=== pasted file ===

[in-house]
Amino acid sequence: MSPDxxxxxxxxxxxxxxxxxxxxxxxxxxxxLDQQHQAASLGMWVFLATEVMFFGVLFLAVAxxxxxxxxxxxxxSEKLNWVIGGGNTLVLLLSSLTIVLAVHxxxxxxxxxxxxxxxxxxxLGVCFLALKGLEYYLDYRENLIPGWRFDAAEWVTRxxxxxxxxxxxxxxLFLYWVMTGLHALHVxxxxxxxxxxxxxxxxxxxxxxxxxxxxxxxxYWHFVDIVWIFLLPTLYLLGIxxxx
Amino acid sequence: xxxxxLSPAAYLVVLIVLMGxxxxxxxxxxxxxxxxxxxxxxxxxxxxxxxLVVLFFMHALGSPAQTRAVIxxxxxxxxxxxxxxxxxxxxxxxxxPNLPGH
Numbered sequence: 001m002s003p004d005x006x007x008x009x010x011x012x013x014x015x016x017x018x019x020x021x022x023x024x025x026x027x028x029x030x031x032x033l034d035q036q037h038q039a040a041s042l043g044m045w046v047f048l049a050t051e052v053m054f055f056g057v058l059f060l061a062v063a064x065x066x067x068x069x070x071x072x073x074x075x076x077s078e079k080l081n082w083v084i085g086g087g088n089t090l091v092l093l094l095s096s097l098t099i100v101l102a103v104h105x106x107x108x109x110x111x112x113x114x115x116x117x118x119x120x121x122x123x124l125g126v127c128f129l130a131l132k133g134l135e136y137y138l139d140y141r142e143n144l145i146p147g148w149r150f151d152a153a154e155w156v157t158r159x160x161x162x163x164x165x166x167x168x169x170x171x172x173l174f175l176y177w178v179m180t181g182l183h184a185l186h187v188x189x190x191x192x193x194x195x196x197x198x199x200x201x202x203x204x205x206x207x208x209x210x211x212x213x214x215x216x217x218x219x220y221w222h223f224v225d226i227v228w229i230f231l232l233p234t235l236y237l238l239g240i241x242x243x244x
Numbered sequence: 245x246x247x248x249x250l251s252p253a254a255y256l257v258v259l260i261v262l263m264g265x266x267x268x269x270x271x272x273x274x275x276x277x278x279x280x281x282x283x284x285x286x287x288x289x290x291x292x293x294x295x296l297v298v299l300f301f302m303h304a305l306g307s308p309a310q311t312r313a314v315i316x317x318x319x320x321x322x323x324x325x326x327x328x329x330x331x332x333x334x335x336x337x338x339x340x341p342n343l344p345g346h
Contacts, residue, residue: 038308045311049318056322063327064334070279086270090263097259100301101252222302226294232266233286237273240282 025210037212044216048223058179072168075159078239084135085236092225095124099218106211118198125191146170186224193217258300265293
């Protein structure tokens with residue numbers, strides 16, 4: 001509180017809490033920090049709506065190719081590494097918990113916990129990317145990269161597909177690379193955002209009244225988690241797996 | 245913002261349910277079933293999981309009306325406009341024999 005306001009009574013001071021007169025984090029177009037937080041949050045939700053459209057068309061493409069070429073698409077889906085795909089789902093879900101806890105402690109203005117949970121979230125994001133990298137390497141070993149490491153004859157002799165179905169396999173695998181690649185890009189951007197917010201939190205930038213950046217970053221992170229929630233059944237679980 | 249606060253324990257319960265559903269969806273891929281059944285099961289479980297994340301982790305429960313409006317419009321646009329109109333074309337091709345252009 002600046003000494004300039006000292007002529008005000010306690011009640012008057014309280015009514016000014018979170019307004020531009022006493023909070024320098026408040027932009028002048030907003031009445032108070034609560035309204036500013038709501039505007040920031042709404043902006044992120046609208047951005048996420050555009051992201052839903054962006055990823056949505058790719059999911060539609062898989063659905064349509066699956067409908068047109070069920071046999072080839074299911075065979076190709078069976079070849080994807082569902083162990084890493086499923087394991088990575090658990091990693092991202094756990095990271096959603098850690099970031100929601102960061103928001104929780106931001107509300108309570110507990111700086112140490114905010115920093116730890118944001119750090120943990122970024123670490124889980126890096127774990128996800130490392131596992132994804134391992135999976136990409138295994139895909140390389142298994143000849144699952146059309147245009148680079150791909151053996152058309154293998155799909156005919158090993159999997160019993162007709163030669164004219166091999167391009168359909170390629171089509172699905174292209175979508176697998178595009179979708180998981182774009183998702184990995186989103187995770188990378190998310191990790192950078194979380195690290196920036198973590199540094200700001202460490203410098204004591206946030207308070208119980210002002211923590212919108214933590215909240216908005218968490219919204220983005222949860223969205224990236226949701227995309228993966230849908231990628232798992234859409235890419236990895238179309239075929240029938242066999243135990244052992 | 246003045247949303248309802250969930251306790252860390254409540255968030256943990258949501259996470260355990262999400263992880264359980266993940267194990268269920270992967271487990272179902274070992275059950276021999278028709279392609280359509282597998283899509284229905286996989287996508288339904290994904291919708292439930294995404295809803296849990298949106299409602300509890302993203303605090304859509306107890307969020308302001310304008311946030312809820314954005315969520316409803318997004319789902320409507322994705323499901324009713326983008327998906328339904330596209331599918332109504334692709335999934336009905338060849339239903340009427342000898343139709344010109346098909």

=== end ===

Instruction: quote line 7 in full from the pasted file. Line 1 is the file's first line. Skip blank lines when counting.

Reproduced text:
């Protein structure tokens with residue numbers, strides 16, 4: 001509180017809490033920090049709506065190719081590494097918990113916990129990317145990269161597909177690379193955002209009244225988690241797996 | 245913002261349910277079933293999981309009306325406009341024999 005306001009009574013001071021007169025984090029177009037937080041949050045939700053459209057068309061493409069070429073698409077889906085795909089789902093879900101806890105402690109203005117949970121979230125994001133990298137390497141070993149490491153004859157002799165179905169396999173695998181690649185890009189951007197917010201939190205930038213950046217970053221992170229929630233059944237679980 | 249606060253324990257319960265559903269969806273891929281059944285099961289479980297994340301982790305429960313409006317419009321646009329109109333074309337091709345252009 002600046003000494004300039006000292007002529008005000010306690011009640012008057014309280015009514016000014018979170019307004020531009022006493023909070024320098026408040027932009028002048030907003031009445032108070034609560035309204036500013038709501039505007040920031042709404043902006044992120046609208047951005048996420050555009051992201052839903054962006055990823056949505058790719059999911060539609062898989063659905064349509066699956067409908068047109070069920071046999072080839074299911075065979076190709078069976079070849080994807082569902083162990084890493086499923087394991088990575090658990091990693092991202094756990095990271096959603098850690099970031100929601102960061103928001104929780106931001107509300108309570110507990111700086112140490114905010115920093116730890118944001119750090120943990122970024123670490124889980126890096127774990128996800130490392131596992132994804134391992135999976136990409138295994139895909140390389142298994143000849144699952146059309147245009148680079150791909151053996152058309154293998155799909156005919158090993159999997160019993162007709163030669164004219166091999167391009168359909170390629171089509172699905174292209175979508176697998178595009179979708180998981182774009183998702184990995186989103187995770188990378190998310191990790192950078194979380195690290196920036198973590199540094200700001202460490203410098204004591206946030207308070208119980210002002211923590212919108214933590215909240216908005218968490219919204220983005222949860223969205224990236226949701227995309228993966230849908231990628232798992234859409235890419236990895238179309239075929240029938242066999243135990244052992 | 246003045247949303248309802250969930251306790252860390254409540255968030256943990258949501259996470260355990262999400263992880264359980266993940267194990268269920270992967271487990272179902274070992275059950276021999278028709279392609280359509282597998283899509284229905286996989287996508288339904290994904291919708292439930294995404295809803296849990298949106299409602300509890302993203303605090304859509306107890307969020308302001310304008311946030312809820314954005315969520316409803318997004319789902320409507322994705323499901324009713326983008327998906328339904330596209331599918332109504334692709335999934336009905338060849339239903340009427342000898343139709344010109346098909």